Project description:AIM:To identify mutations in the genes of a four-generation Chinese family with congenital membranous cataracts and investigate the morphologic changes and possible functional damage underlying the role of the mutant gene. METHODS:Whole exome analysis of thirteen members of a four-generation pedigree affected with congenital membranous cataracts was performed; co-segregation analysis of identified variants was validated by Sanger sequencing. All members underwent detailed physical and complete eye examinations. The physical changes caused by the mutation were analyzed in silico through homology modeling. The lens fiber block from a patient was observed under a scanning electron microscope (SEM). Cell membrane proteins and cytoplasmic proteins from the human lenses donated by one patient with cataract in this family and from the dislocated lens resulted from the penetrating ocular trauma of a patient unrelated with this family were extracted, and the expression and localization of MP20 and Cx46 were detected by Western blot (WB) assay in these proteins. RESULTS:A novel LIM2 heterozygous mutation (c.388C>T, p.R130C) was identified with congenital membranous cataracts inherited by an autosomal dominant (AD) pattern. Nystagmus and amblyopia were observed in all patients of this family, and exotropia and long axial length were observed in most patients. A/B ultrasound scan and ultrasound biomicroscopy revealed obvious thin crystalline lenses from 1.7 to 2.7 mm in central thickness in all cataract eyes. The bioinformatic analysis showed that the mutation was deleterious to the physiological function of LIM2-encoded MP20. Furthermore, by SEM, ultrastructure of the cataract nucleus showed that lens fiber cells (LFCs) remained morphologic characteristics of immature fiber cells, including flap cell surface with straight edges and lacking normal ball-and-socket joint boundaries, which implied that the differentiation of LFCs might be inhibited. Accumulation of MP20 and Cx46 in the cytoplasm was observed in the cytoplasm of the LFCs in human cataract lens. CONCLUSION:We identify a novel heterozygous LIM2 (c.388C>T, p.R130C) mutation inherited by an AD pattern. This LIM2 mutation causes the abnormal sub-localization of MP20 and Cx46 in LFCs resulting in membranous cataracts.
Project description:<h4>Purpose</h4>Cataracts are the leading cause of visual impairment and blindness, and therefore early identification and modification of the risk factors for cataracts are meaningful. This study aimed to investigate the relationship between socioeconomic status (SES) and lifestyle factors, and age-related cataracts in South Korea.<h4>Methods</h4>This cross-sectional study was based on data collected in the 2008-2011 Korea National Health and Nutrition Examination Survey. A total of 15?866 subjects, aged ?40 years, were included. SES was defined using household income and education level. Sociodemographic, lifestyle, and other associated factors were assessed by health interviews and examinations. Cataracts were diagnosed via slit-lamp examination using the Lens Opacities Classification System III.<h4>Results</h4>The prevalence of any cataract was 38.9% in men and 42.3% in women (P<0.001). In women, the risk of cataracts increased with decreases in household income (P-value for trend=0.016 and 0.041 in any, and cortical cataract, respectively) and education level (P-value for trend=0.009, 0.027, and 0.016 in any, nuclear, and cortical cataract, respectively) after adjusting for confounding factors. Current smoking was correlated with nuclear cataracts in men (OR 1.21; 95% CI: 1.00, 1.46 in age-adjusted analysis) and cataract surgery in women (OR 2.25; 95% CI: 1.00, 5.04 in multivariate-adjusted analysis).<h4>Conclusions</h4>Socioeconomic disparities in cataract prevalence were observed in women; current smoking increased the risk of nuclear cataracts in men and surgery in women. Public health interventions focusing on gender differences are warranted to prevent and treat cataracts.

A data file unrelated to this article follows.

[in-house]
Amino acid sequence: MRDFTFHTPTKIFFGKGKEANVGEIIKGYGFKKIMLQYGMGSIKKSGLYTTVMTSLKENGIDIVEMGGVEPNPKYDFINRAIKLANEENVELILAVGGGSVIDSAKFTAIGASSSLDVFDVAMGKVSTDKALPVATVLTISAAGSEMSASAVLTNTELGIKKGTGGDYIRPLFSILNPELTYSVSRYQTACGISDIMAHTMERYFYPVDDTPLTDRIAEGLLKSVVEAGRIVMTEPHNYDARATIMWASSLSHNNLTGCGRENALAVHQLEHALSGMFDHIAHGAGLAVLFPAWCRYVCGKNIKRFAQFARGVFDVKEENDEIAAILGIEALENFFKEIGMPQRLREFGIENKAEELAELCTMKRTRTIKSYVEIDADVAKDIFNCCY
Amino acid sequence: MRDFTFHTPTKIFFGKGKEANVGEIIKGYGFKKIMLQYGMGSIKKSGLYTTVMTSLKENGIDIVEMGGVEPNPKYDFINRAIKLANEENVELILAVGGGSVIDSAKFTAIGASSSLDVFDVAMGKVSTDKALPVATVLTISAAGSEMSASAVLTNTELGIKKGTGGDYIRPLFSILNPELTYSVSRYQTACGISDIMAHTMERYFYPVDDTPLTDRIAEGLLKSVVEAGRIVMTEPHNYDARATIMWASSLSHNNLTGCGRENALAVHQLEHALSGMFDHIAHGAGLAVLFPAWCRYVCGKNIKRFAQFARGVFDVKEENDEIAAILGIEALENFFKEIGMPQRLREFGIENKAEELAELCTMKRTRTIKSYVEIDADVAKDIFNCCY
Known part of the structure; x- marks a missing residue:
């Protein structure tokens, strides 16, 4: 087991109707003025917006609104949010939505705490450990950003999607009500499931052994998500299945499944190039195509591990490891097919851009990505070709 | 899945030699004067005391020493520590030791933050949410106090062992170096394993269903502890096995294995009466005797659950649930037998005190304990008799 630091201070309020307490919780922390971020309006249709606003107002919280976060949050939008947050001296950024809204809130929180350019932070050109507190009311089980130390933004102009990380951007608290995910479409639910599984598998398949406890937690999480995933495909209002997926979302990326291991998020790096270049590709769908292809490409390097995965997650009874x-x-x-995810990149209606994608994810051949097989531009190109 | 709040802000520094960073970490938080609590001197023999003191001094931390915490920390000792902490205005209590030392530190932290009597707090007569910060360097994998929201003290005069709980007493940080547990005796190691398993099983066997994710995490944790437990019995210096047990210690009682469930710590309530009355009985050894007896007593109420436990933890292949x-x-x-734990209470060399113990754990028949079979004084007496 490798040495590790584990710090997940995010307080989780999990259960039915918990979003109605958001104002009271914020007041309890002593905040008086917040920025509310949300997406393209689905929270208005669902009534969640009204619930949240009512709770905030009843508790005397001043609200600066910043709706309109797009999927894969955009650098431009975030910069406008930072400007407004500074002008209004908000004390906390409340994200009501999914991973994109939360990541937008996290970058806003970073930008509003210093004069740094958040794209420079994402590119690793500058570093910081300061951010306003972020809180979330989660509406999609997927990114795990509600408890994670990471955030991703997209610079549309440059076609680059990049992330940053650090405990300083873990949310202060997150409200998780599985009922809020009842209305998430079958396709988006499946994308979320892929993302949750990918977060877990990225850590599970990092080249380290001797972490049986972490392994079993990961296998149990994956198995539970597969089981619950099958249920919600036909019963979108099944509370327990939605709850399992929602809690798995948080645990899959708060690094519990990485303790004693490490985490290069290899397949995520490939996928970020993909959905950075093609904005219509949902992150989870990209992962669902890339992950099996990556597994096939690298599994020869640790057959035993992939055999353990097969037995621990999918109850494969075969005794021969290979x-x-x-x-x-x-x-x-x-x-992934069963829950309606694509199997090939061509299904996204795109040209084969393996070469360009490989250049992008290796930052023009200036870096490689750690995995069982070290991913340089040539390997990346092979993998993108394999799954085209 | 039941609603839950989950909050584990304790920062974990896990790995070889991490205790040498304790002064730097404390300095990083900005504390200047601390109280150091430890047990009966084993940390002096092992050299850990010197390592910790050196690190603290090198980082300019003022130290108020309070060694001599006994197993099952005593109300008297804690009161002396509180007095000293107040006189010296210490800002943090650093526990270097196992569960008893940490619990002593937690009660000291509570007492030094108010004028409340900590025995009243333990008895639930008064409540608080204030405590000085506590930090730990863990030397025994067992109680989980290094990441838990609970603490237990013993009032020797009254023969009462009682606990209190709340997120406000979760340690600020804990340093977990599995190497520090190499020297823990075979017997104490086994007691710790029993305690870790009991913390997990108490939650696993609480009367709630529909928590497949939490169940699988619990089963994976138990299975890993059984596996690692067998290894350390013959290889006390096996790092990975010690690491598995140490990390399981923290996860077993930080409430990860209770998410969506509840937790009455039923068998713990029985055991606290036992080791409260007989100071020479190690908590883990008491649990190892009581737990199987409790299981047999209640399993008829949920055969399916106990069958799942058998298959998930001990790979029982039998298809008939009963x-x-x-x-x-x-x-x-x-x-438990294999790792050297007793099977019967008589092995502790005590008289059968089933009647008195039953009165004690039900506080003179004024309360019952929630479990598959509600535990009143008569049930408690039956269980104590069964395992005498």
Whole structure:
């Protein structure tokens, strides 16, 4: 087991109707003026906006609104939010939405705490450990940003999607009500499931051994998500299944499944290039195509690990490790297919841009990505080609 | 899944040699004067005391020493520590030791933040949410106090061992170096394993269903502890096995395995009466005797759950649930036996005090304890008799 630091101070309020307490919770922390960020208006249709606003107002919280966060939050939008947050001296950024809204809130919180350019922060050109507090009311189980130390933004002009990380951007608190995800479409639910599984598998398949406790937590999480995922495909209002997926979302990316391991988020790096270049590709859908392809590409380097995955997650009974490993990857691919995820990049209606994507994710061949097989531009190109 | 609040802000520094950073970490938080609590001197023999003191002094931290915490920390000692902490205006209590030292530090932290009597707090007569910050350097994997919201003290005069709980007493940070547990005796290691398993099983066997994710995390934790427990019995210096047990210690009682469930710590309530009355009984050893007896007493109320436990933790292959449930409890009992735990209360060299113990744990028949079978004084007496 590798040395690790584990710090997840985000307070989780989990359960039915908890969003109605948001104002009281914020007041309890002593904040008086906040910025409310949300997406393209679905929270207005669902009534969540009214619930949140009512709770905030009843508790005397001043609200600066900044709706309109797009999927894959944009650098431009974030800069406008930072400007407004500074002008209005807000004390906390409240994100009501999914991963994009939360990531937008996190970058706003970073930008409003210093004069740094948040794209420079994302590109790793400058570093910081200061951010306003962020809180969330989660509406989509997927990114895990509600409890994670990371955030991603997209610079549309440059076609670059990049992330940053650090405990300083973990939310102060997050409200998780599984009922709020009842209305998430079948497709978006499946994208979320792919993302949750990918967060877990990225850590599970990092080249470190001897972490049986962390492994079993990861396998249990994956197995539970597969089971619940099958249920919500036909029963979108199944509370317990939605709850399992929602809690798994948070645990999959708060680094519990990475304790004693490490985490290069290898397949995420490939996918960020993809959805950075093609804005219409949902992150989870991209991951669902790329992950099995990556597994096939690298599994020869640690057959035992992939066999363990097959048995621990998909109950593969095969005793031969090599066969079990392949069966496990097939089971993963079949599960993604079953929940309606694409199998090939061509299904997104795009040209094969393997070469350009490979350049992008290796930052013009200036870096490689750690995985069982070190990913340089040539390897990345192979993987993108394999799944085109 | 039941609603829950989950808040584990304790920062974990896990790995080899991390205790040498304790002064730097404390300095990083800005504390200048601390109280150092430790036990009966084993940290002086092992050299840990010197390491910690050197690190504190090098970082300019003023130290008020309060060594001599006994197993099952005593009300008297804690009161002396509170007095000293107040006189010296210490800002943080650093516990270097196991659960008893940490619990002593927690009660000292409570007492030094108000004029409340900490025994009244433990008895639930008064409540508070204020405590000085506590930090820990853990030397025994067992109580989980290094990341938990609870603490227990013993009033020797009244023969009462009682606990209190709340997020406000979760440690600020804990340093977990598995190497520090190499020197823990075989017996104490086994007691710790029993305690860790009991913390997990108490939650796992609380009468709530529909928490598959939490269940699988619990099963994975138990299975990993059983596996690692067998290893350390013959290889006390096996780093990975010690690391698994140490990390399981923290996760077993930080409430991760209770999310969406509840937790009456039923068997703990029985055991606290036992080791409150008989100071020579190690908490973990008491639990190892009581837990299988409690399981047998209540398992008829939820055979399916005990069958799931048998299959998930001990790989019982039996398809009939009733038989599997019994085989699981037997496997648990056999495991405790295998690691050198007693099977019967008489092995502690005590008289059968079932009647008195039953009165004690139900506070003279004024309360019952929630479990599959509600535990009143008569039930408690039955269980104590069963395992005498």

Project description:Cataracts or clouding of the lens is the leading cause of blindness in the world. Age and diabetes are major risk factors, and with an increasing aging and diabetic population, the burden of cataracts will grow. Cataract surgery is an effective way to restore vision; however, alternatives to cataract surgery are required to reduce the looming cataract epidemic. Since it is well established that oxidative damage plays a major role in the etiology of cataracts, antioxidants have been promoted as therapies to delay and/or prevent cataracts. However, many antioxidant interventions including vitamin C have produced mixed results as anti-cataract therapies. Progress has been made towards our understanding of lens physiology and the mechanisms involved in the delivery and uptake of antioxidants to the lens which may guide future studies aimed at addressing some of the inconsistencies seen in previous animal and human studies. Of interest is the potential for vitamin C based supplements in delaying the onset of cataracts post vitrectomy which occurs in up to 80% of patients within two years. These targeted approaches are required to reduce the burden of cataract on hospitals and improve the quality of life of our aging and diabetic population.